Something dark stirs in the wilderness… ValeGuard is an independent game developed by Lost Tower Games where the player alternates between turn-based building management and real-time tactical combat against waves of various types of enemy. Not quite a tower defense, not quite a city builder, ValeGuard takes nods from a variety of sub-genres to develop its formula, which ends up largely paying off in the game’s favor.
I went into the game not expecting too much. It’s pretty clearly the work of a small team, and strategy-adjacent games developed by small teams are always a bit of a gamble. The graphics are simplistic – I’m not ashamed to say that the first thing I thought of when I saw the game’s cube-based terrain tiles was Minecraft, and non-hero infantry appear to be mostly little Minion-shaped fellas, mostly told apart by whatever weapon they happen to be carrying. Also, I at first figured the entire game was played on a single map that was small enough to fit on-screen with no scrolling, and I thought I was in for a slightly boring slog through My First Strategy Game. I decided to soldier on and ended up being pretty pleasantly surprised by what I came across.
Let’s take a look, shall we?
Concept and Formula
ValeGuard is a game that is entirely about defending towns against waves of monsters. The player, supposedly, takes on the role of one of these titular heroes: the ValeGuard. Wandering heroes with a knack for management, ValeGuards travel from hamlet to hamlet, helping the hapless inhabitants prepare themselves to hold off whatever demons, orcs, or undead (the 3 enemy faction types) might be threatening the little towns.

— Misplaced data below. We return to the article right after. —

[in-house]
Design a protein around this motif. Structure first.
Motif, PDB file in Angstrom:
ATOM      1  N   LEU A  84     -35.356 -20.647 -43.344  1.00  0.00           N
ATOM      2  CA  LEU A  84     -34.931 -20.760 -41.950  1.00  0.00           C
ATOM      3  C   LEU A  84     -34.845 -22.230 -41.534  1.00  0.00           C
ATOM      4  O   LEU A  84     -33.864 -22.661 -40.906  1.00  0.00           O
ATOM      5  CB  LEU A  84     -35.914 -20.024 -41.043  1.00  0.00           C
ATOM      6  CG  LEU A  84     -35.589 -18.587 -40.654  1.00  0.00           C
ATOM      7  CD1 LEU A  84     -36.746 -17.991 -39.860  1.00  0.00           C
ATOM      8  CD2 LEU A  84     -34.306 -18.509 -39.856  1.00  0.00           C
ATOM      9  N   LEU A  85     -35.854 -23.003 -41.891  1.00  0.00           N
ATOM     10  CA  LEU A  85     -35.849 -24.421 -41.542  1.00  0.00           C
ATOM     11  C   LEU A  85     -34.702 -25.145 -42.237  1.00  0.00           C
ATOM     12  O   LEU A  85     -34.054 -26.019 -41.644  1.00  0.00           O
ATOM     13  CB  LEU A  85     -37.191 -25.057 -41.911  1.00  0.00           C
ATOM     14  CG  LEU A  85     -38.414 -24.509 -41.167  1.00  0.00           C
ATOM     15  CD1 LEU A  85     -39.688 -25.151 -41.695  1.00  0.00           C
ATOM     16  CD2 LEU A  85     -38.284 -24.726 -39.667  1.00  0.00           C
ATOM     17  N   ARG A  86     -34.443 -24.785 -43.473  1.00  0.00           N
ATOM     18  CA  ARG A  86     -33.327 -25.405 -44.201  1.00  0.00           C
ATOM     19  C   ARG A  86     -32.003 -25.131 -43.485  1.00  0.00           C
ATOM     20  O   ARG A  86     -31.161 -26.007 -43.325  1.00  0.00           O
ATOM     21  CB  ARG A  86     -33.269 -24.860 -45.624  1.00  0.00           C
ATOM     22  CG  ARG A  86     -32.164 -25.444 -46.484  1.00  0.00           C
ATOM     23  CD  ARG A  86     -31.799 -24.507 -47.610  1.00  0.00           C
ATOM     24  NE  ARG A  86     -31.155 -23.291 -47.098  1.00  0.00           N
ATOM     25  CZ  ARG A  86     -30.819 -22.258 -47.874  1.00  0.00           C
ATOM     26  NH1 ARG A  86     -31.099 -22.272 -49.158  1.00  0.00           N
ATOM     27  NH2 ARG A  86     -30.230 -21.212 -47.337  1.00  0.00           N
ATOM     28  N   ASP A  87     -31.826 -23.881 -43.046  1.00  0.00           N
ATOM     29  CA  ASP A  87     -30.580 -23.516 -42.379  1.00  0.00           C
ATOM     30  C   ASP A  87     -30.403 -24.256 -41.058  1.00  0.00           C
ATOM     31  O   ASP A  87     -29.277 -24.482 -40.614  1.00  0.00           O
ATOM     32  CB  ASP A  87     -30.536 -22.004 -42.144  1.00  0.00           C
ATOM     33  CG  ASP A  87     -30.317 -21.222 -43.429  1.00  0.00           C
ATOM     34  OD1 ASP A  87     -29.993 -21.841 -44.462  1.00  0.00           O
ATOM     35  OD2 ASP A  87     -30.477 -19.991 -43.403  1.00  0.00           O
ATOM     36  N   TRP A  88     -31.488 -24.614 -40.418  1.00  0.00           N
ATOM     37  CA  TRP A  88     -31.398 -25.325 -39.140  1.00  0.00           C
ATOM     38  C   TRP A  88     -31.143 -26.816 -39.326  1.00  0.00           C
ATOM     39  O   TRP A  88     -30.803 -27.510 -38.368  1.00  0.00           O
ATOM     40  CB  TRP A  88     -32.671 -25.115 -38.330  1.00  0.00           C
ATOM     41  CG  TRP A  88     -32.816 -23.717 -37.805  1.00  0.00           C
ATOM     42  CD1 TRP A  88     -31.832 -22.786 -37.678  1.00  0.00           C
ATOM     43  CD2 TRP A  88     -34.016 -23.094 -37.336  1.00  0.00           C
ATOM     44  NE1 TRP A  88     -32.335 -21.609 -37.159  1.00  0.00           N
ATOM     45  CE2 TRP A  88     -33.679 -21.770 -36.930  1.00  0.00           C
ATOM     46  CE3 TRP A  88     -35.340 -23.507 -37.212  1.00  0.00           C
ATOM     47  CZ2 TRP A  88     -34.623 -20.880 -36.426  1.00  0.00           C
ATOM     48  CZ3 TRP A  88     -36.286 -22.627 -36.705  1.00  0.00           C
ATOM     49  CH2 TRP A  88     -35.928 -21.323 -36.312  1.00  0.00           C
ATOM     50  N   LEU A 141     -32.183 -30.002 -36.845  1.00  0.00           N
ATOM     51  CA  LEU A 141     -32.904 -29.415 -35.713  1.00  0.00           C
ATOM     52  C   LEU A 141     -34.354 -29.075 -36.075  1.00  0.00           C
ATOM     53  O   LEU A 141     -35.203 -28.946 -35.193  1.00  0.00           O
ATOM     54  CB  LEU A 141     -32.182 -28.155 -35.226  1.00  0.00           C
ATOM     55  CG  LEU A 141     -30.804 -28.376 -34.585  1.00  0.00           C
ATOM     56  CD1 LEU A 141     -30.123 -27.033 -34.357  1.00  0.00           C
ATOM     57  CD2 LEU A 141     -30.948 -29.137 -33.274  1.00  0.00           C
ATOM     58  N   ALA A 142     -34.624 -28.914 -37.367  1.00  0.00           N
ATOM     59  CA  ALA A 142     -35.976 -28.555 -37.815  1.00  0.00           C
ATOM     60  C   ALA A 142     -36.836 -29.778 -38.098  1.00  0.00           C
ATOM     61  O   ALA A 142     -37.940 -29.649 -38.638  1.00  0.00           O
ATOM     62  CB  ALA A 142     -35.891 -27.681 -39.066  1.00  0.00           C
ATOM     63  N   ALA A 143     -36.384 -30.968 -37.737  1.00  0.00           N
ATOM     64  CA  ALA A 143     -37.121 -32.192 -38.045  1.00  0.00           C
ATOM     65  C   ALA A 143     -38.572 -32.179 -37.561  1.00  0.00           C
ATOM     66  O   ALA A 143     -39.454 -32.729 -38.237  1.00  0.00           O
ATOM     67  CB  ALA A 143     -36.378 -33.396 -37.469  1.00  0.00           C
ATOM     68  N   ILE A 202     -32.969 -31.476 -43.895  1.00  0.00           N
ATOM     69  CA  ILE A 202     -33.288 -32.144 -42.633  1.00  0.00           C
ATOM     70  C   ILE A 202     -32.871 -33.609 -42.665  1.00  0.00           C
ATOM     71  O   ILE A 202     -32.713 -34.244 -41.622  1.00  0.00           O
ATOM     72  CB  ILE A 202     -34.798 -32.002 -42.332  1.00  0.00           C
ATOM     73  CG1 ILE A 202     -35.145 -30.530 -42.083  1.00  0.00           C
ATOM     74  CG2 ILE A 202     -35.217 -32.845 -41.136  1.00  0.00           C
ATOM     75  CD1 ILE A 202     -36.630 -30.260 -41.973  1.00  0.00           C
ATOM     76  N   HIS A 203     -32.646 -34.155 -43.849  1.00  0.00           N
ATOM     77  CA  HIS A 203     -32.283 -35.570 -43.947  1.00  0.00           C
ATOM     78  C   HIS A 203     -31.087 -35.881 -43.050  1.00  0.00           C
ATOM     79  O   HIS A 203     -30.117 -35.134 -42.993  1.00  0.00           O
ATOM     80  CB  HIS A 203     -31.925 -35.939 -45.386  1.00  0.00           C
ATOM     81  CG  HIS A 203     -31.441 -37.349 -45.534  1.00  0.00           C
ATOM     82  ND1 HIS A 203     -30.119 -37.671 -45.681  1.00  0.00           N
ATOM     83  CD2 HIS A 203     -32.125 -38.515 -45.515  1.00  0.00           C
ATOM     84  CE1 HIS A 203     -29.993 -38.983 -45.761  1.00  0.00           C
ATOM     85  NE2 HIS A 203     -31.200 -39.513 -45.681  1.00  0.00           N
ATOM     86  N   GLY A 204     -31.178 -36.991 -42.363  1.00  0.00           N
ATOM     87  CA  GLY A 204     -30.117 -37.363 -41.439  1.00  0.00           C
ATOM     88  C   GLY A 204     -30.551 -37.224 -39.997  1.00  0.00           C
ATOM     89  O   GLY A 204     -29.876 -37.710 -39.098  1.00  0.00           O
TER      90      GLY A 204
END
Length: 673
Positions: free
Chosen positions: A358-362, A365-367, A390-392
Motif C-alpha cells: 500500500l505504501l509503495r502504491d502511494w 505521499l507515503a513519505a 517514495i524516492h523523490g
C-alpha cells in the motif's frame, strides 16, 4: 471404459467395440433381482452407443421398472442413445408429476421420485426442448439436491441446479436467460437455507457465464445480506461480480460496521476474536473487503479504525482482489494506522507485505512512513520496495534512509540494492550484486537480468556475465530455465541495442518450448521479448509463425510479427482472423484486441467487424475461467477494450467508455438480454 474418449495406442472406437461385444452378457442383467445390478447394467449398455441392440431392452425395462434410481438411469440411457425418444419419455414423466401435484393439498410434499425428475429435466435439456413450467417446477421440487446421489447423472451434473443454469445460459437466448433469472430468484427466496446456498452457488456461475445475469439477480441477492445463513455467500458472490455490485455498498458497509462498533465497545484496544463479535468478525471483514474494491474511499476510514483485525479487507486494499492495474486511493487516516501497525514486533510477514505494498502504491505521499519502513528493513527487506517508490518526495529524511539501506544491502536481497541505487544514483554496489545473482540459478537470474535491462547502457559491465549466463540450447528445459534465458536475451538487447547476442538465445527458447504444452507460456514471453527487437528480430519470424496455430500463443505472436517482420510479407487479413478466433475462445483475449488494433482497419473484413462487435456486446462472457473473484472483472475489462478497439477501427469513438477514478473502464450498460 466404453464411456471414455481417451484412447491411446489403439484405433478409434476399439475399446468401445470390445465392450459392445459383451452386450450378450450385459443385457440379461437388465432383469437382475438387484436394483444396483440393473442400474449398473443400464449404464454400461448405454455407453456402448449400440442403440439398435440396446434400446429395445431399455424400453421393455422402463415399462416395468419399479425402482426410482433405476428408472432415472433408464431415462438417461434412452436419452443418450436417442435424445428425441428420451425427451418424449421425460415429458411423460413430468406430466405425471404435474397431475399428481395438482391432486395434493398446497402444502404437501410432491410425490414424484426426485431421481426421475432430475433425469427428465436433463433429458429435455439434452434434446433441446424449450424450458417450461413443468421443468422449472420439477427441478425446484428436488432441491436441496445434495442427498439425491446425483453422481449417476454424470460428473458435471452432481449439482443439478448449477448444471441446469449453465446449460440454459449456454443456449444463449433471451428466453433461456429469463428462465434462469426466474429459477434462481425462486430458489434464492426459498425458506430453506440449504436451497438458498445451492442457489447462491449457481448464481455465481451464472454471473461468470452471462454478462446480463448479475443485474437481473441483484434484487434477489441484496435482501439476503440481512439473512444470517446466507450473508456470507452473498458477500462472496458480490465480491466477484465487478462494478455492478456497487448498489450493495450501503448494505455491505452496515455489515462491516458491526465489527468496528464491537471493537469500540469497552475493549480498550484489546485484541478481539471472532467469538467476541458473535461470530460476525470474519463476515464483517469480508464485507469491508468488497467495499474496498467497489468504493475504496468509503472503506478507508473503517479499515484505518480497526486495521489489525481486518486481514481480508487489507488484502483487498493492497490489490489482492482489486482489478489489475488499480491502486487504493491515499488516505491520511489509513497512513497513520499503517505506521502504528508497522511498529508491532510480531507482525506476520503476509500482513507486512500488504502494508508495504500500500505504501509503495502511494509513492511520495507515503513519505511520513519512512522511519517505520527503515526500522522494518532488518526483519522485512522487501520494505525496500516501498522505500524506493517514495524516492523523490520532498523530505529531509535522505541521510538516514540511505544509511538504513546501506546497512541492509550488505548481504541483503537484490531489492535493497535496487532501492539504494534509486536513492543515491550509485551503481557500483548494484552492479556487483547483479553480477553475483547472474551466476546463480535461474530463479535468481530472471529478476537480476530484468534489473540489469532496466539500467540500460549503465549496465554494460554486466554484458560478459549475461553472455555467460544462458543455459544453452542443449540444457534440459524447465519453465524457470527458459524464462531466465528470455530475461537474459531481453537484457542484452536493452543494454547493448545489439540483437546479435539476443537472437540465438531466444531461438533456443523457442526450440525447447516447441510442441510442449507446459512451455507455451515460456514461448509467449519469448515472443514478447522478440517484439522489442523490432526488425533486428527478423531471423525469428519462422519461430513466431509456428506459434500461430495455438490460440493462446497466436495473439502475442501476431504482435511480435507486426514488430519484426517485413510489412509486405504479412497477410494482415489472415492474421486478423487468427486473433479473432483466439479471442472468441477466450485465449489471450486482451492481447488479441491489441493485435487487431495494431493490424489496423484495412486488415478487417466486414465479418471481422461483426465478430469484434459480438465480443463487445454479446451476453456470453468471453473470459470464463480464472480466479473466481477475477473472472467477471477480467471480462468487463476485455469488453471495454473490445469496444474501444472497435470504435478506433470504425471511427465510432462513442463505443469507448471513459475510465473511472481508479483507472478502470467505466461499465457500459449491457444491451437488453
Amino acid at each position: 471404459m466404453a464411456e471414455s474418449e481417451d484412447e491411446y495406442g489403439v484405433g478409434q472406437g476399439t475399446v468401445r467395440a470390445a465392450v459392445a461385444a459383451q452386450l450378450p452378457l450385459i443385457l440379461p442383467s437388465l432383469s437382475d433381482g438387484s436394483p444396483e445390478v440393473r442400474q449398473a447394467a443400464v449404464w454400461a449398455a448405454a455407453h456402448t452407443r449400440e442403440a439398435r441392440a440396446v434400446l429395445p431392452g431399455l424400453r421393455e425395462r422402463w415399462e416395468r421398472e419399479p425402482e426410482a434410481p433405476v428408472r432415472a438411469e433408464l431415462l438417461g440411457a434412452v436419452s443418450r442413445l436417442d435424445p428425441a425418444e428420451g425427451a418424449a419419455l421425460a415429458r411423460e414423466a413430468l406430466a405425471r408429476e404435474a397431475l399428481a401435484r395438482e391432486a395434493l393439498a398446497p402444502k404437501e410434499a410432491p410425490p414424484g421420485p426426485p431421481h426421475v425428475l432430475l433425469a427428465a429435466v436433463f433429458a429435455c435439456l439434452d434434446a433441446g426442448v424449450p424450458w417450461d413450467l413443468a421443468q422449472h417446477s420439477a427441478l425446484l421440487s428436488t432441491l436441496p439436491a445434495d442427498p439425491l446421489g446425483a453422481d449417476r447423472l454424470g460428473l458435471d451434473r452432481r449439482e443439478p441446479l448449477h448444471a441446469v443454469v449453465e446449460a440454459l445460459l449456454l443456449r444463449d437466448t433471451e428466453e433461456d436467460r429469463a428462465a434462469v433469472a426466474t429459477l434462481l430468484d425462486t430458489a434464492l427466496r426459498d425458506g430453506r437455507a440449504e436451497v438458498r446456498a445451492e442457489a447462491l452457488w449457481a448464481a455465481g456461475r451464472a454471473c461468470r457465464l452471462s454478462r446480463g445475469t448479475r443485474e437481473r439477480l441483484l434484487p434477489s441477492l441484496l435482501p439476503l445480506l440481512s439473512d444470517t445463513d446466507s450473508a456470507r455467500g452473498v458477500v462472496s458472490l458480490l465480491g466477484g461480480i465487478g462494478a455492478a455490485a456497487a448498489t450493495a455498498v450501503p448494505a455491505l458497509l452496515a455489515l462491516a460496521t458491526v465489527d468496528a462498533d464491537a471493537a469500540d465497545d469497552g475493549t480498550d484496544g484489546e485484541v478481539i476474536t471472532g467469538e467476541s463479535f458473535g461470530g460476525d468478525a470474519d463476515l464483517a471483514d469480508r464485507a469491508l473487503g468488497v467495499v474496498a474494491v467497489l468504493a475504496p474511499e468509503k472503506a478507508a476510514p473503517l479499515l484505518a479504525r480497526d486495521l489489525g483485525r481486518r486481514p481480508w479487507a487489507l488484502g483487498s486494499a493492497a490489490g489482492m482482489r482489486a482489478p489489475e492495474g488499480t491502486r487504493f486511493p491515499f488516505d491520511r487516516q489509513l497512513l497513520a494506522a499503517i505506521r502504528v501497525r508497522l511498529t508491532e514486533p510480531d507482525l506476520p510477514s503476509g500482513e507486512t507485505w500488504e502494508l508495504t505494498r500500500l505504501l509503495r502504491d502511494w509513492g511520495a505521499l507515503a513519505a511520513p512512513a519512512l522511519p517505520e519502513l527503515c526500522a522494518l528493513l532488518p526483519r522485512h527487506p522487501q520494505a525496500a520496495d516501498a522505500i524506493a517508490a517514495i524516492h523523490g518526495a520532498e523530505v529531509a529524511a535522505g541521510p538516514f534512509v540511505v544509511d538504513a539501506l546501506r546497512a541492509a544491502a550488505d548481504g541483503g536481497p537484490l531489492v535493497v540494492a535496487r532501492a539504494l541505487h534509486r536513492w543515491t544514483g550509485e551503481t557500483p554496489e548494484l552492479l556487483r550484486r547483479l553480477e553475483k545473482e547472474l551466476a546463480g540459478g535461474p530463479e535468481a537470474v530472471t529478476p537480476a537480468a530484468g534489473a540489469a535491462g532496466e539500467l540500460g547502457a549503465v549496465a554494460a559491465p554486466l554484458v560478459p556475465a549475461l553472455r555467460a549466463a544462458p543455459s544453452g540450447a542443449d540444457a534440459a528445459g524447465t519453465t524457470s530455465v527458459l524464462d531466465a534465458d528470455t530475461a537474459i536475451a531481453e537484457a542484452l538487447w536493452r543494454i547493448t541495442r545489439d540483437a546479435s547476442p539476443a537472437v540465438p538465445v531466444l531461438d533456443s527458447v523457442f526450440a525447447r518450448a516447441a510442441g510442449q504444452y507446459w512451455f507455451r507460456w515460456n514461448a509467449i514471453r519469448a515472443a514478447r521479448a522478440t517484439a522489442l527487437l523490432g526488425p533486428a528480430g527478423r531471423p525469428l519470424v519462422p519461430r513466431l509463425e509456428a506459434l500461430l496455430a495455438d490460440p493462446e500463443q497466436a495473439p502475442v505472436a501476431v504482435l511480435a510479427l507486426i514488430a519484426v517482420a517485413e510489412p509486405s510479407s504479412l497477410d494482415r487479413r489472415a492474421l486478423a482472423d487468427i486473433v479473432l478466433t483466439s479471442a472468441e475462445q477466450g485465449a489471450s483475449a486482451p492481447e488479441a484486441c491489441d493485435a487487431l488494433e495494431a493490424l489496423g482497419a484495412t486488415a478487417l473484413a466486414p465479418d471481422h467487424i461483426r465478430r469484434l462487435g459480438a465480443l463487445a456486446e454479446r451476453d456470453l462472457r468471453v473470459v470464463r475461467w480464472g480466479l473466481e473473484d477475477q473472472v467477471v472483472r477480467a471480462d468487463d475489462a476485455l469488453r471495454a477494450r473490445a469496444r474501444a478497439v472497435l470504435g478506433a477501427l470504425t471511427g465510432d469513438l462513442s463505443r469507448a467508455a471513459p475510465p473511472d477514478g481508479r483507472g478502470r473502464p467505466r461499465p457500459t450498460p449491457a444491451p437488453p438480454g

That’s pretty much the extent of the story, though it’s enough of a premise to work with. There’s not much in the way of *character* to the core game (though as we’ll see there are a couple of nice touches that spice things up a bit) and your heroes are relatively straightforward fantasy fare: Rangers, Paladin, and the like. Likewise, the units you can produce are pretty simple: spearmen, javelin throwers, berserkers, et cetera.
The core gameplay formula is simple: during the day, you assign orders to your city: issuing the construction of buildings, adding armor or horses to your units, and assigning your workers to tasks such as harvesting lumber, mining iron, tending to crops, building weapons, or building structures. Also, many maps have a map-specific structure that you can progress on: in one case there was a bridge that automatically conferred victory on the map when it was completed; there was one where there was a pumpkin patch that could give you food when you finished tending to it, but could also create waves of enemies. That sort of thing.
But, back to the core gameplay. So, during the day you’re asked to basically allocate your limited population to generating or spending resources: you need to spend gold and spears (as well as convert one of your limited stock of villagers, thereby limiting your economic output) to create spearmen. You need to commit workers to building projects, which means they can’t contribute to your economy that day.
Resources and Random Events
The game has a couple tradeoffs of this type, and while they’re largely pretty simple, they can be interesting to manage given the limited number of workers you have, compared to how many things you’d ideally like to do during the course of a single day. Effectively, you always have to plan a couple of turns ahead to set yourself up for success during the later turns of a level.
At night, you’re subjected to random events. These could be along the lines of “a mysterious visitor stops by your town, asking to stay the night. What do you do?” and a handful of options such as “let them stay” or “turn them away.” Letting the wanderer stay could give you an extra villager, or it could result in the loss of 50 Food as the traveler raids your stash.
Other events are a healing woman that stops by to top off your units’ health. A traveling blacksmith that will craft random items in exchange for Iron. Emergencies in the forest that take one of your squads for a day or 2 (and they might not return) or attacks.